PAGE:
Natural Theology,  Philosophy of Science

Scientific Realism and Natural Theology: The Wedding

According to a fairly standard realist view of scientific explanation, a given set of phenomena is explained by postulating some unseen entity or causal process. The entity or process in question is not directly observable, but is explained by an analogy with something with which we are more familiar.

Consider our conception of gas molecules. We postulate the activities of gas molecules by an appeal to commonly encountered spherical objects such as billiard balls. In same way billiard balls bounce, gas molecules are said to bounce. The analogy is necessary for the explanation because the gas molecules are not directly observable. A realist concludes from the performance of such an explanation (how well the explanation explains the phenomena in question) that gas molecules and the causal processes they are involved in are real.

J.P. Moreland comments (and cites agreement from Stanley Jaki and Bas van Fraassen) that if we think this is the correct view of scientific explanation, then we should accept the methodology of natural theology. This is because natural theology traditionally uses an identical method of reasoning to reach theistic conclusions:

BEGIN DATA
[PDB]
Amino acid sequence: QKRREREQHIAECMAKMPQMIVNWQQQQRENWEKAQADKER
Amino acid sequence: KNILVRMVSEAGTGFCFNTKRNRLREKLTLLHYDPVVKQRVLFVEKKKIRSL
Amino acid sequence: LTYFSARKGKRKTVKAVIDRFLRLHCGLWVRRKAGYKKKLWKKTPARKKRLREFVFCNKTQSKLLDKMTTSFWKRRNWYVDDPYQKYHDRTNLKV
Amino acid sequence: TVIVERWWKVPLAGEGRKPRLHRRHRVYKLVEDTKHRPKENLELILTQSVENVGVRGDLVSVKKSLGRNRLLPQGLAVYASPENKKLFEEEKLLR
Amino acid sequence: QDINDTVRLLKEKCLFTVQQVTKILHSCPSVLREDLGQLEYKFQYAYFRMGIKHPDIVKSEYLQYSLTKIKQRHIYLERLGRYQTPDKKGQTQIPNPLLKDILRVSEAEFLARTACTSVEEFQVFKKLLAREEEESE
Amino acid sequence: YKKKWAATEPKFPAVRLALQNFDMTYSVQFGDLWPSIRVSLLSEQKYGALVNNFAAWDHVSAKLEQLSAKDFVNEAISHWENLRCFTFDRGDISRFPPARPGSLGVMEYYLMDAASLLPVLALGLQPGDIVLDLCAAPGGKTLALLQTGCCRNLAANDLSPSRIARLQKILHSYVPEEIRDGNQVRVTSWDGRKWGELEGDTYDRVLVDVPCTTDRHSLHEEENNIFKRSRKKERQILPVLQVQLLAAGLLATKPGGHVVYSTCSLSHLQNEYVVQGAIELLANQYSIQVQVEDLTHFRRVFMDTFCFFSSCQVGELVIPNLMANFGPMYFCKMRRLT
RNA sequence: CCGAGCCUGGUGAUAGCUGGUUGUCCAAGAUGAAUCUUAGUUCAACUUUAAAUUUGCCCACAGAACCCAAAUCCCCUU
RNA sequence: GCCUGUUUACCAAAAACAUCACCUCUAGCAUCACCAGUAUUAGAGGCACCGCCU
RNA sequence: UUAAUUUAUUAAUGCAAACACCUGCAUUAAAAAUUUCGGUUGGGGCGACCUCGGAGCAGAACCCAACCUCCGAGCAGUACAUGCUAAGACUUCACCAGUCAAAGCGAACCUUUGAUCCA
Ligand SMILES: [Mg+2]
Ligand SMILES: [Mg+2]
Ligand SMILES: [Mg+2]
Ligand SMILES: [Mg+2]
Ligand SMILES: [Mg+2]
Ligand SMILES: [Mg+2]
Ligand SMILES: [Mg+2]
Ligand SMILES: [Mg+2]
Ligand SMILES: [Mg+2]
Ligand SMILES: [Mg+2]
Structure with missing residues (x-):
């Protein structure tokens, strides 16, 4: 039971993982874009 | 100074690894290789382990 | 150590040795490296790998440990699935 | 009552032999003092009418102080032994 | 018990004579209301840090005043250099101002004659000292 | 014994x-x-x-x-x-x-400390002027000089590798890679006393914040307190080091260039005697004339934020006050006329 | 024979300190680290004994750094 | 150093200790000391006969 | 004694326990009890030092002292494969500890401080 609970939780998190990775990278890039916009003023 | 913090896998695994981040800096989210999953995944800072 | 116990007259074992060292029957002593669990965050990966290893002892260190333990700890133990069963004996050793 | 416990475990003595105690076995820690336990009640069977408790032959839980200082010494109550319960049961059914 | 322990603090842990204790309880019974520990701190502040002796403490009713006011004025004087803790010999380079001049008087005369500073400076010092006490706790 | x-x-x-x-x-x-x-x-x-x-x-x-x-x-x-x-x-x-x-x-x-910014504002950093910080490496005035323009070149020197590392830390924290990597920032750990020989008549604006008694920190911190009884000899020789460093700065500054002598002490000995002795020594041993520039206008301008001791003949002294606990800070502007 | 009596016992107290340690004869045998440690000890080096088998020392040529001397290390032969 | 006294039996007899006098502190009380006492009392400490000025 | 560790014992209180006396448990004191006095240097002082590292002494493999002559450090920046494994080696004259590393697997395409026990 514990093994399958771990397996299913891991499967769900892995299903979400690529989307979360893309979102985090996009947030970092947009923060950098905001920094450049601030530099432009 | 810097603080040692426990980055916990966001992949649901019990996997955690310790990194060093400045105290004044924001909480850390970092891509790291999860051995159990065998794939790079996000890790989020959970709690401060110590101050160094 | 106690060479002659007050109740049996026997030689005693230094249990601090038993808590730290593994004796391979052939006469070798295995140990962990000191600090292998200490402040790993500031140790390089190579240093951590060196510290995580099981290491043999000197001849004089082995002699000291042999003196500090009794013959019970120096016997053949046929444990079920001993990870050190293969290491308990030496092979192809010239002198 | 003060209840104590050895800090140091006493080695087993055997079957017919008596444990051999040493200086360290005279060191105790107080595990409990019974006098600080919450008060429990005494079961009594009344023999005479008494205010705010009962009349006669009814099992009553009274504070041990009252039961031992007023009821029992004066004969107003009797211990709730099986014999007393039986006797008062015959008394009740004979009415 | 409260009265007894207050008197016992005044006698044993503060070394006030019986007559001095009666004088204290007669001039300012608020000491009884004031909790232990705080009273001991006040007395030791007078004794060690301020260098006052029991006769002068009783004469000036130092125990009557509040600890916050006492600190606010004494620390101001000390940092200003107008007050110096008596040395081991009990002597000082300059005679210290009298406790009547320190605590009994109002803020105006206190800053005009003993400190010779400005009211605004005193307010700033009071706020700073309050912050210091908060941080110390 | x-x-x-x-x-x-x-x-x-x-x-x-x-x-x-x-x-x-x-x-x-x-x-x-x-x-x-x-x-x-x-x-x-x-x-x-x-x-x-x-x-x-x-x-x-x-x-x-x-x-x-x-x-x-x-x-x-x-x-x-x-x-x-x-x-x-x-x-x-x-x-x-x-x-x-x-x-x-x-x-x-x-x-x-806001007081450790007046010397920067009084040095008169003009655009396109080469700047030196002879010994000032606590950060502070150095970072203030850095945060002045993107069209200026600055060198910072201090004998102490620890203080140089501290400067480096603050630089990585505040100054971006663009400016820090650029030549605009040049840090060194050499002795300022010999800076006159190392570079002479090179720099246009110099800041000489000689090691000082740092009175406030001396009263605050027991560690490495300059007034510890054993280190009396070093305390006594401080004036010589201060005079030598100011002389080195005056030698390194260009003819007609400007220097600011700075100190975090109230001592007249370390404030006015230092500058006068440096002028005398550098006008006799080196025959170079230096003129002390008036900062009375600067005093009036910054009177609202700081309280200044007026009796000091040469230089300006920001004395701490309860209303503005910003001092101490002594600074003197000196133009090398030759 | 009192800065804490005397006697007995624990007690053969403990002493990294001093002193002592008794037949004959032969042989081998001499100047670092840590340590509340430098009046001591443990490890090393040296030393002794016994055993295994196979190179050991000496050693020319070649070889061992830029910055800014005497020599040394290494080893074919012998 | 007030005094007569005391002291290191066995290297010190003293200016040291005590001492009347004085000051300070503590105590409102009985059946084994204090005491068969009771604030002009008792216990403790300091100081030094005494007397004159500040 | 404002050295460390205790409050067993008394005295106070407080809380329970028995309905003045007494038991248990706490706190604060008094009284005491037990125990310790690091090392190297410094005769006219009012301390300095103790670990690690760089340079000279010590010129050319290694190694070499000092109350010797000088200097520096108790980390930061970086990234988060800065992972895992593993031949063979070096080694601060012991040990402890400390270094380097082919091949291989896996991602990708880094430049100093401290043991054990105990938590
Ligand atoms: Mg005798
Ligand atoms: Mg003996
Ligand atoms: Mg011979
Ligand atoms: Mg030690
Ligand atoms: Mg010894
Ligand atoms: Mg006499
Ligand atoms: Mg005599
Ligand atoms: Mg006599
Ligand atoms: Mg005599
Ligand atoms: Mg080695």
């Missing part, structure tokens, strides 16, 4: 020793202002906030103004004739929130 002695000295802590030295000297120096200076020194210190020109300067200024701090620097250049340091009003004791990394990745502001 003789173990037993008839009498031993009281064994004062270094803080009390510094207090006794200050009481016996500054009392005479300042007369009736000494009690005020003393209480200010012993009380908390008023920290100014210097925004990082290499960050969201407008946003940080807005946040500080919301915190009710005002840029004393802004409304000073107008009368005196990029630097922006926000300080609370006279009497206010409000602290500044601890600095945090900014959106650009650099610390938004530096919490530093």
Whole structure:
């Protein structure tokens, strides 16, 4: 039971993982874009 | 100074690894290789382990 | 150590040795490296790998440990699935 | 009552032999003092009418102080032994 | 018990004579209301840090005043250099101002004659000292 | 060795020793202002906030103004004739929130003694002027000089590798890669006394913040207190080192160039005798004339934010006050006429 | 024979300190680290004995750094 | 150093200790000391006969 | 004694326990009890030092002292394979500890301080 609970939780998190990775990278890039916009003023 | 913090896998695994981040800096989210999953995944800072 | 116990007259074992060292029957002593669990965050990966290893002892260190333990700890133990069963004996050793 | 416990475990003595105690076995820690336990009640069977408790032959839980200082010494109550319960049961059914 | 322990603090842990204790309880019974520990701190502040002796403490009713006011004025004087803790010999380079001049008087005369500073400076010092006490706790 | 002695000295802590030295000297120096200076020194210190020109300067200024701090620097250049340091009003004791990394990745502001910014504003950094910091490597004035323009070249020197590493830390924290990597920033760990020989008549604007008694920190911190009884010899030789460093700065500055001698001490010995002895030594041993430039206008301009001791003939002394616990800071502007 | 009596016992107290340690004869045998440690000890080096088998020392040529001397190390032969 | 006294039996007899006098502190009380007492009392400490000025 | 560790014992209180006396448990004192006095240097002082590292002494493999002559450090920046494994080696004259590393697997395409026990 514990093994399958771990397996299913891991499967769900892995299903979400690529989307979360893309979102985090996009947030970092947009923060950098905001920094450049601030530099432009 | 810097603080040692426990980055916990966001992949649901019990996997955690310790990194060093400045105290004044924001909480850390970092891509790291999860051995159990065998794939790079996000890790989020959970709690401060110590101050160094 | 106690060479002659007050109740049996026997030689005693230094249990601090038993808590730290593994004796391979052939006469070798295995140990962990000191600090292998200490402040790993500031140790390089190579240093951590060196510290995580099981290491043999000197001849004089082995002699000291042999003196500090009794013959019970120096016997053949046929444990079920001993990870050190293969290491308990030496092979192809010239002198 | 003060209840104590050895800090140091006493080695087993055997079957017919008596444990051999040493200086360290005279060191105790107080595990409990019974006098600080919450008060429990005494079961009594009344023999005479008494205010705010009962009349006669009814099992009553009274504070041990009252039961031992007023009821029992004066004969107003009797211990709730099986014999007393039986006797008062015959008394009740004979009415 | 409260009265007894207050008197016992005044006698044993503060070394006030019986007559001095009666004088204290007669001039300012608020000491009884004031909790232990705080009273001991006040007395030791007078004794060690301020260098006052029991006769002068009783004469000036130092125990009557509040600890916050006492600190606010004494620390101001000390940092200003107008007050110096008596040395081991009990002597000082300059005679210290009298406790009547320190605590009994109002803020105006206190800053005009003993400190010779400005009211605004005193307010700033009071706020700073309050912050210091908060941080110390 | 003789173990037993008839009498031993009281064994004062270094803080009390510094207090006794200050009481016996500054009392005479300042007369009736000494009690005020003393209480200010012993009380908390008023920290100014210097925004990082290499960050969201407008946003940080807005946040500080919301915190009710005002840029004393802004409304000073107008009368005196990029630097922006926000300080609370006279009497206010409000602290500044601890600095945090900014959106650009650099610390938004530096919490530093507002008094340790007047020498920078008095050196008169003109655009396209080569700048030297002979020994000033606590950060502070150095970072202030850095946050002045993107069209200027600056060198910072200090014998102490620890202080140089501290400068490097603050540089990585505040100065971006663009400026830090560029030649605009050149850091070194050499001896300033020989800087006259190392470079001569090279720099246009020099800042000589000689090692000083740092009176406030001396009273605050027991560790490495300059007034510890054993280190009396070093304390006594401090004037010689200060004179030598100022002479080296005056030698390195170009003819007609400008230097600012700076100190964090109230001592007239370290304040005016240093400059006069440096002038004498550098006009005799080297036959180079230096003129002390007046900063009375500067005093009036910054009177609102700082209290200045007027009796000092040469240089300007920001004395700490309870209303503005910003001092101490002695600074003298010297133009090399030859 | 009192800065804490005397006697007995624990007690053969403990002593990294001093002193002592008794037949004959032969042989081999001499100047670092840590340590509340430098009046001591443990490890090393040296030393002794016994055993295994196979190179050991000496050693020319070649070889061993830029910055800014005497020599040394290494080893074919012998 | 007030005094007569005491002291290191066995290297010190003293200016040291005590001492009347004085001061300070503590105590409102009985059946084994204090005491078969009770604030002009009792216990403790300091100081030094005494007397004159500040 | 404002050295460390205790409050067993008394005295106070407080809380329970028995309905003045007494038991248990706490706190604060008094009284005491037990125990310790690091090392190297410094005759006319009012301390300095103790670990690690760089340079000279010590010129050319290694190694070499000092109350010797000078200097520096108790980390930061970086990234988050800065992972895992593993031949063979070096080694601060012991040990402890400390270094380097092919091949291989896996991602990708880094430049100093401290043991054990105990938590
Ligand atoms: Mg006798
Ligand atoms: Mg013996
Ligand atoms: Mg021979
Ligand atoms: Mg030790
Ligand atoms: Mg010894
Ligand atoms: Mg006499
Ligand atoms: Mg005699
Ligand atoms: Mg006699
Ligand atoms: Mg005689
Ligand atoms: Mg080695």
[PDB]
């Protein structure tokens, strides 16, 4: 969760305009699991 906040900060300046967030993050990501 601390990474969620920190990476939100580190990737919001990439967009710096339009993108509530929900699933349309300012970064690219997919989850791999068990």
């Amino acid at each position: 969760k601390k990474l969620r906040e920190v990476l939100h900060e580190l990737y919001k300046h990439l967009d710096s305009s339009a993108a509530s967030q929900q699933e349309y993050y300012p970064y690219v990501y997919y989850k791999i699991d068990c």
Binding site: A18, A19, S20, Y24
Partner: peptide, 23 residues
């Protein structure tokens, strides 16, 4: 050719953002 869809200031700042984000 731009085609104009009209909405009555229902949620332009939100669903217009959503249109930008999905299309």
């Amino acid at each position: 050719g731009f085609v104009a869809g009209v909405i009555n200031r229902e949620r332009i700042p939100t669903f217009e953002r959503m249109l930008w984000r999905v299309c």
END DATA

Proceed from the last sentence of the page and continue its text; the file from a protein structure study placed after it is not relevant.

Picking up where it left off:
In natural theology, the student of various aspects of the universe and religious experience postulates a cause that is at least partially understandable or intelligible to the human intellect; is, strictly speak, beyond those data themselves and serves as the ground and explanation of those data… If the realist account of scientific explanation is accepted, then it becomes difficult to sustain a dichotomy between scientific methodology and theological methodology. 

This is an eminently good argument and implies that to accept one methodology entails the acceptance of the other. Of course, one might reject scientific realism or offer an alternative realist method, but if one accepts the kind of scientific realism described, one cannot claim that natural theology is unscientific. Indeed, if one accepts the kind of scientific realism described, one is automatically wedded to natural theology.

Assistant Professor of Philosophy and History of Ideas at Southeastern Baptist Theological Seminary and The College at Southeastern.